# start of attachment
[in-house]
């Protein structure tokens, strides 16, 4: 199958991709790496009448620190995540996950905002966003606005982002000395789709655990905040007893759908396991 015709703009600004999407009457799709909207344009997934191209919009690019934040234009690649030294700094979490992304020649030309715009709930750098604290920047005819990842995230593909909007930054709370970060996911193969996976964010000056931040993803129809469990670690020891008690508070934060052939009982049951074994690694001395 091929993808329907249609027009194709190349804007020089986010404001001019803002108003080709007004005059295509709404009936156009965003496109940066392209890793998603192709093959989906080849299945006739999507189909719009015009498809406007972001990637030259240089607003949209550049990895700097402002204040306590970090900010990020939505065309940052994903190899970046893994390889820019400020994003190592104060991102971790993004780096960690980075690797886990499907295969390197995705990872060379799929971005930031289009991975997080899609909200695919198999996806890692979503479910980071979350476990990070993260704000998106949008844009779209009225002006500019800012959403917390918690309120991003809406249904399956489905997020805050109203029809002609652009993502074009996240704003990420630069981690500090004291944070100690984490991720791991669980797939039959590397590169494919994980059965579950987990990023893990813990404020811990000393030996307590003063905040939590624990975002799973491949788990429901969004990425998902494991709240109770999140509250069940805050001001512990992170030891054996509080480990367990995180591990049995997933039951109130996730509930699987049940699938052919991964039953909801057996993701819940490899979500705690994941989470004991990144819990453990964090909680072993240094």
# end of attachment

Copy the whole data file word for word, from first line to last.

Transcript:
[in-house]
């Protein structure tokens, strides 16, 4: 199958991709790496009448620190995540996950905002966003606005982002000395789709655990905040007893759908396991 015709703009600004999407009457799709909207344009997934191209919009690019934040234009690649030294700094979490992304020649030309715009709930750098604290920047005819990842995230593909909007930054709370970060996911193969996976964010000056931040993803129809469990670690020891008690508070934060052939009982049951074994690694001395 091929993808329907249609027009194709190349804007020089986010404001001019803002108003080709007004005059295509709404009936156009965003496109940066392209890793998603192709093959989906080849299945006739999507189909719009015009498809406007972001990637030259240089607003949209550049990895700097402002204040306590970090900010990020939505065309940052994903190899970046893994390889820019400020994003190592104060991102971790993004780096960690980075690797886990499907295969390197995705990872060379799929971005930031289009991975997080899609909200695919198999996806890692979503479910980071979350476990990070993260704000998106949008844009779209009225002006500019800012959403917390918690309120991003809406249904399956489905997020805050109203029809002609652009993502074009996240704003990420630069981690500090004291944070100690984490991720791991669980797939039959590397590169494919994980059965579950987990990023893990813990404020811990000393030996307590003063905040939590624990975002799973491949788990429901969004990425998902494991709240109770999140509250069940805050001001512990992170030891054996509080480990367990995180591990049995997933039951109130996730509930699987049940699938052919991964039953909801057996993701819940490899979500705690994941989470004991990144819990453990964090909680072993240094």